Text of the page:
May 11, 2011 / 2:27 PM / in 7 years

Just a minute with: Rod Stewart wants to write songs again

LOS ANGELES (Reuters Life!) - It’s easy to forget, but Rod Stewart used to be a big songwriter. In the 1970s, the British rocker wrote, or co-wrote, such hits as “Maggie May,” “You’re in My Heart” and “Da Ya Think I‘m Sexy?”

<p>Singer Rod Stewart accepts the Founders Award at the 28th annual ASCAP (American Society of Composers, Authors and Publishers) Pop Music Awards in Hollywood, California April 27, 2011. REUTERS/Mario Anzuoni</p>

His last big original tune was 1988’s “Forever Young,” for which Bob Dylan received a credit. Stewart moved even further away from his rock roots in the past decade by successfully reworking standards by the likes of Cole Porter and Hoagy Carmichael.

So some eyebrows were raised when Stewart recently received a lifetime award from the American Society of Composers, Authors and Publishers (ASCAP), which collects royalties on behalf of songwriters and music publishers. Recent recipients have included Joni Mitchell, Stevie Wonder and Paul McCartney.

Q. Few people describe you as a singer/songwriter. They’re more likely to consider you an interpreter of songs or simply a pop star.

A. “I agree with you. I never saw myself a songwriter either. Then I look back on the catalog and there’s been some big songs in there. But it was always a struggle for me, writing songs, almost like being at school. I’d be locked in a room. ‘Don’t make any noise, Daddy is writing a song.’ But this is lovely to get recognized and maybe it’ll give me a push up the bum to start writing again.”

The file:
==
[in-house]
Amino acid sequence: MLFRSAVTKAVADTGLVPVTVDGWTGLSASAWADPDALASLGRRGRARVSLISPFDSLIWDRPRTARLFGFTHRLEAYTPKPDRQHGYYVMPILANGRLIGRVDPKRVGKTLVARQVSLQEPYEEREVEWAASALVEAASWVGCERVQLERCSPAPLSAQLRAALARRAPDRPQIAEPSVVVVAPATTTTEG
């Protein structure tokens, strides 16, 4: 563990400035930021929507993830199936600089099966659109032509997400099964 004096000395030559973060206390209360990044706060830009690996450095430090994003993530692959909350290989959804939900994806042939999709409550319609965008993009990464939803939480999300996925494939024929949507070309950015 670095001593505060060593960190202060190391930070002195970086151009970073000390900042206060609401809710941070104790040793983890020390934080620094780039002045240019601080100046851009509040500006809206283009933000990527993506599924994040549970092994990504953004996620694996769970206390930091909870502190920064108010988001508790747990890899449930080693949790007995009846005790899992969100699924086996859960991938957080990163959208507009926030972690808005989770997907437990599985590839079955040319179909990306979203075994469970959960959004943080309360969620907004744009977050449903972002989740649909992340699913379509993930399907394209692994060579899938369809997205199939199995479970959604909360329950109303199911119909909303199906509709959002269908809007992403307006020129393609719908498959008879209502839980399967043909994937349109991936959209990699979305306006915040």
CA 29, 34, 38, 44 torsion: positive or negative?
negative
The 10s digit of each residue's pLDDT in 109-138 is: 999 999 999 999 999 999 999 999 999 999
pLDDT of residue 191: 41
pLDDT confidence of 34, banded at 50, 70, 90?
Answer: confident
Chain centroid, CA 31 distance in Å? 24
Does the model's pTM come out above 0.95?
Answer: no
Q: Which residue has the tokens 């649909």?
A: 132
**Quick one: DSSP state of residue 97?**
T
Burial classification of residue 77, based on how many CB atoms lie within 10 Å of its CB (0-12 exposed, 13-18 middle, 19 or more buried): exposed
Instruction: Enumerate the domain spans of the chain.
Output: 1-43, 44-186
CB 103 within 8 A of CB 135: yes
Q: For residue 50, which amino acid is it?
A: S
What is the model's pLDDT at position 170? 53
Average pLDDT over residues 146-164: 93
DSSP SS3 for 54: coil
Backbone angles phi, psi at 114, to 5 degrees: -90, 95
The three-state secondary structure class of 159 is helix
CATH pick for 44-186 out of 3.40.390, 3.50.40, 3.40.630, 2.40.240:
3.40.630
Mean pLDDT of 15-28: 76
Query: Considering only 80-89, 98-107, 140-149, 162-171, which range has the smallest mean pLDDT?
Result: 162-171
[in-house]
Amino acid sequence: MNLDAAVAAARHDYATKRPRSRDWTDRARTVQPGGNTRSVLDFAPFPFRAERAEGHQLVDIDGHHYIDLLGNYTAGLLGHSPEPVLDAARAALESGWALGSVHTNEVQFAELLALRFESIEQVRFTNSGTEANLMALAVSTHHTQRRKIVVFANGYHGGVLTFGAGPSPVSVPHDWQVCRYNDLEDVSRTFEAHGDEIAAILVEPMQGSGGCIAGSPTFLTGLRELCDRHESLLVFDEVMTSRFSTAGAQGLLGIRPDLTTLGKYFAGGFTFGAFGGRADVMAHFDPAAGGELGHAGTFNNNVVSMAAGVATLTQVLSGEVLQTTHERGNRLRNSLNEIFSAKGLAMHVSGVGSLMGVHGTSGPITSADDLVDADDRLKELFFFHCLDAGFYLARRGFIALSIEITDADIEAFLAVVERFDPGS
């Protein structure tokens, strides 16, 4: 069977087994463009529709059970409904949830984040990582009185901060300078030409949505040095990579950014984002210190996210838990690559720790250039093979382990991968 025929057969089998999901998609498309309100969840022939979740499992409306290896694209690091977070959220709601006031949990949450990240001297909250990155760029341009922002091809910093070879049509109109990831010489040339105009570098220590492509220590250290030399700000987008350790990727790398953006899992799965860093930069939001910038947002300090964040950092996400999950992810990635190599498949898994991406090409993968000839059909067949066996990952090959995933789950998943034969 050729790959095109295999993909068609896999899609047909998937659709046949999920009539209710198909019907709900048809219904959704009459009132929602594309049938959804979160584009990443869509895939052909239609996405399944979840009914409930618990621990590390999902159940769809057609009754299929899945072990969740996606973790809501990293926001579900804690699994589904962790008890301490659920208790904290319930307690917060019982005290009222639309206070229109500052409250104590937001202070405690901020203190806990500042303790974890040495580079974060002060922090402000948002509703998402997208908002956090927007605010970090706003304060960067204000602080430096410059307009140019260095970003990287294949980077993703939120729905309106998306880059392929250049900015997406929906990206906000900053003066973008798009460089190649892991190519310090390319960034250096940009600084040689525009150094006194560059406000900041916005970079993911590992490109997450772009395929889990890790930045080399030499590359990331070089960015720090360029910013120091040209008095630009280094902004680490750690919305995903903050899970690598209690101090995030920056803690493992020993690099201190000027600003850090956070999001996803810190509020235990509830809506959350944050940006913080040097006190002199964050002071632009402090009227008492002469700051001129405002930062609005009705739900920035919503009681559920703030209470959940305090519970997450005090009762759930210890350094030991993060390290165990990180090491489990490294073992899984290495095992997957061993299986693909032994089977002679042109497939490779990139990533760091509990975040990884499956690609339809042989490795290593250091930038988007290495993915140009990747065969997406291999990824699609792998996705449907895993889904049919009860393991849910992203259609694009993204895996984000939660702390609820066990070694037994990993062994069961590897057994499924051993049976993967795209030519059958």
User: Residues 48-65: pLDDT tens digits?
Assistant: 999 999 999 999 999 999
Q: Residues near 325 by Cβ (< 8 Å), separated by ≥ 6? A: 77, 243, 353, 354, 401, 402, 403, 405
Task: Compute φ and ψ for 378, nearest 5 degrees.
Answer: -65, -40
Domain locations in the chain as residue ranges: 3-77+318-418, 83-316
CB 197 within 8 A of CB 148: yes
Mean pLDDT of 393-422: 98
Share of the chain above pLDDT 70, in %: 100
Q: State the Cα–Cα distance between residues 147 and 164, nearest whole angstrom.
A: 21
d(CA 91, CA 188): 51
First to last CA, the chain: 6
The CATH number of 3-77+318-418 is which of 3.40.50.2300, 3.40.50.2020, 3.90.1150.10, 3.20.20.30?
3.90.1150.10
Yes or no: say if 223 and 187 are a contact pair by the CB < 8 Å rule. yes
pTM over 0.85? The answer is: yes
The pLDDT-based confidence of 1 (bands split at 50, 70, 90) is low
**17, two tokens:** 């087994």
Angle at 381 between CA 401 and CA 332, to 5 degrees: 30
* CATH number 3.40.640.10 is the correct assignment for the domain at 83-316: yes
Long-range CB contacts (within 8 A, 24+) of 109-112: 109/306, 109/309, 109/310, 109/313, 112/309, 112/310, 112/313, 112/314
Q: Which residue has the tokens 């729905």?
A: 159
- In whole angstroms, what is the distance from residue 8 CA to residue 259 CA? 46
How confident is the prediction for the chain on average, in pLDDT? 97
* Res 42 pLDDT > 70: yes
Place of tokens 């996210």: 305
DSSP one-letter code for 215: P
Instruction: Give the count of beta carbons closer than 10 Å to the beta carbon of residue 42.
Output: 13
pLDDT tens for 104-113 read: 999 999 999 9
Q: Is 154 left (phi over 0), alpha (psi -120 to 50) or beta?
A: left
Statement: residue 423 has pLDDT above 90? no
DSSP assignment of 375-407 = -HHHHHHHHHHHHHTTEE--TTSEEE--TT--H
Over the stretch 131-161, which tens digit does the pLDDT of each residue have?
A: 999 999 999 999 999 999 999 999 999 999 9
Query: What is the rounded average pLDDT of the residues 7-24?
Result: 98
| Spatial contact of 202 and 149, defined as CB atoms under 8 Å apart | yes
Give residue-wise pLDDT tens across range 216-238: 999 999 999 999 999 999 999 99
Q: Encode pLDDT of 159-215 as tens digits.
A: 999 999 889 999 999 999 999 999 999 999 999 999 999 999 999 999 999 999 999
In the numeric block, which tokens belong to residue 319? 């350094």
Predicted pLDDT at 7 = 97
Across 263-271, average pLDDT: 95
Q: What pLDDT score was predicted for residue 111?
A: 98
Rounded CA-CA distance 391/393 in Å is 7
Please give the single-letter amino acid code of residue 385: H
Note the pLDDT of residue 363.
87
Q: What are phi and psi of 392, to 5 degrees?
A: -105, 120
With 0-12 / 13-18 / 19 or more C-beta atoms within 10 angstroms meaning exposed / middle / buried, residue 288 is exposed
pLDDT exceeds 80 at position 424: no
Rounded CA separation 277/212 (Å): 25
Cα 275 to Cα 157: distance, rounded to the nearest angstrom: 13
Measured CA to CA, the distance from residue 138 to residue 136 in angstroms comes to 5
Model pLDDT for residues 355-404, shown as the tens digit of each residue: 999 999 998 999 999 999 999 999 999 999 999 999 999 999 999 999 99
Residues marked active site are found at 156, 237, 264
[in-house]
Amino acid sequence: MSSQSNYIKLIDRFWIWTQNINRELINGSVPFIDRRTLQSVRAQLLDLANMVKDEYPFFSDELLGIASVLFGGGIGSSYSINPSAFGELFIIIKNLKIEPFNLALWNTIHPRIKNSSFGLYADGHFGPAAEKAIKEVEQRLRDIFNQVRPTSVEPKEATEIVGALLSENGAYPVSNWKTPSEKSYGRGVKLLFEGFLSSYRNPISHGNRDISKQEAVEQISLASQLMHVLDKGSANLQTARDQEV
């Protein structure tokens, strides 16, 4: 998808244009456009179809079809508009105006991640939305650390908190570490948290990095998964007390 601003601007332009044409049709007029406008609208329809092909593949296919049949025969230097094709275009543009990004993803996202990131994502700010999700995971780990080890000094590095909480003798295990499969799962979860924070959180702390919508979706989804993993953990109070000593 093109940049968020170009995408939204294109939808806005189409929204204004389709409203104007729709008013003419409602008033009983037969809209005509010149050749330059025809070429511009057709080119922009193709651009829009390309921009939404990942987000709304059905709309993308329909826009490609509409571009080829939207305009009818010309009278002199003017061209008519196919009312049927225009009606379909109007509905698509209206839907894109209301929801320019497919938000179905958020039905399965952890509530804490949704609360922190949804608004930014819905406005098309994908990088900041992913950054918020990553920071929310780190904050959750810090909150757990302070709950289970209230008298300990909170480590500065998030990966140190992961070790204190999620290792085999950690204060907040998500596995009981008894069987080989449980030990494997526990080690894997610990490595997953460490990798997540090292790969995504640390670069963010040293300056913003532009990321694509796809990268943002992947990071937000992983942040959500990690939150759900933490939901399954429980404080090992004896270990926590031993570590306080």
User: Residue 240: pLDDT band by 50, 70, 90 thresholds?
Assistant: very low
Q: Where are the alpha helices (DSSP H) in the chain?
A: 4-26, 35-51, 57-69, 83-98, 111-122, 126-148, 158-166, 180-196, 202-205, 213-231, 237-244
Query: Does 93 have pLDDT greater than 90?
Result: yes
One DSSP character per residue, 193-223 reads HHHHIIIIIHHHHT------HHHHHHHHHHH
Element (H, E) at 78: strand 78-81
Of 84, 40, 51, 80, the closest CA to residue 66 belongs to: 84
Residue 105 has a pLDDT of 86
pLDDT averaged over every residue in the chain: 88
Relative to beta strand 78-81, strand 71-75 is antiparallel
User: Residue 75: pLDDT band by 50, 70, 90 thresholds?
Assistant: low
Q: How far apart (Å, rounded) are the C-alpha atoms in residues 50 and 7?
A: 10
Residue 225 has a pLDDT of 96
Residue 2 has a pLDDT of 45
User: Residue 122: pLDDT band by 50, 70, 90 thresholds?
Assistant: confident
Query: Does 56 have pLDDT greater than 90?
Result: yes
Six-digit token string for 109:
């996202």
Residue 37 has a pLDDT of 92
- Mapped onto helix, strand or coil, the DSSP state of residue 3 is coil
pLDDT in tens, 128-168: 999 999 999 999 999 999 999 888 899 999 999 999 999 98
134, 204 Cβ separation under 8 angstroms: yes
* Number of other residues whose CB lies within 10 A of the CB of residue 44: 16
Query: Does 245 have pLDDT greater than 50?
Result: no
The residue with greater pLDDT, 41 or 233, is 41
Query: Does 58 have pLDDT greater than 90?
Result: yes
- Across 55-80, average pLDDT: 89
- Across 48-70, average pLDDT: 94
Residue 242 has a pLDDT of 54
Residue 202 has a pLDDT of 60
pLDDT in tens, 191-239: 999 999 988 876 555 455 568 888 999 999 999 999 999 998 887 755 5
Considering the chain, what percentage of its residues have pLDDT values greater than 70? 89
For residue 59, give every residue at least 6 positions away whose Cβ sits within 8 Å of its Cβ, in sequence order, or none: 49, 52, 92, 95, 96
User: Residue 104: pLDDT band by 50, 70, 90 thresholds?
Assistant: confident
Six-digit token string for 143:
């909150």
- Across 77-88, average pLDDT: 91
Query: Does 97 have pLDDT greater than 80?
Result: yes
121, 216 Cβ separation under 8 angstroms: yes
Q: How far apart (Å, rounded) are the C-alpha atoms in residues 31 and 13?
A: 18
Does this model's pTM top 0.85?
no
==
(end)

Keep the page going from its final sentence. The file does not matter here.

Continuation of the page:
Q. I realize that the songs you wrote are like your babies and none is more special than the other. But is there a song that maybe right now catches your fancy?

A. “If I was to say one song I was really proud of it would be ”The Killing of Georgie“ because it dealt with a very difficult subject (homophobia) in 1976, which is a long time ago.”

Q. What is the songwriting process? Are you locked up in a room and forced to write lyrics on a piece of paper?

A. “It usually goes the other way round. The guitar player will start strumming and I’ll go (makes babbling sound) and words will appear. It’s very unorthodox. I don’t know if everybody writes like this. I never sit down with a pad and try and write something before I go in the studio. Invariably the song is finished and I’ll put the bits and pieces in the jigsaw.”

Q. When you do get inspired, do you have a notebook to write stuff down?

A. “If I was in that mode, yeah. I usually keep a little tape machine by the side of my bed. But usually the titles come first. Good title, and you think, that’s the hook.”

Q. You’re an heir of sorts to Sam Cooke. But you never covered any of his gospel stuff from the Soul Stirrers. Is that something you’d be interested in?

A. “I always find when I do a Sam Cooke song, I‘m a poor imitation of him. I just hear myself trying to sound like Sam Cooke. It’s a waste of time. I’ll never do a Sam Cooke song again. There’s honesty for you!”

Q. You’ve also covered a lot of Bob Dylan tunes (“Girl from the North Country,” “If Not For You”). Has he ever phoned or written to say, thanks a lot?

A. “Nah, it don’t work like that in the business! I wish it did. It would be lovely.”

(Editing by Patricia Reaney)

To read more about our entertainment news, visit our blog "Fan Fare" online at blogs.reuters.com/fanfare/

0 : 0
  • narrow-browser-and-phone
  • medium-browser-and-portrait-tablet
  • landscape-tablet
  • medium-wide-browser
  • wide-browser-and-larger
  • medium-browser-and-landscape-tablet
  • medium-wide-browser-and-larger
  • above-phone
  • portrait-tablet-and-above
  • above-portrait-tablet
  • landscape-tablet-and-above
  • landscape-tablet-and-medium-wide-browser
  • portrait-tablet-and-below
  • landscape-tablet-and-below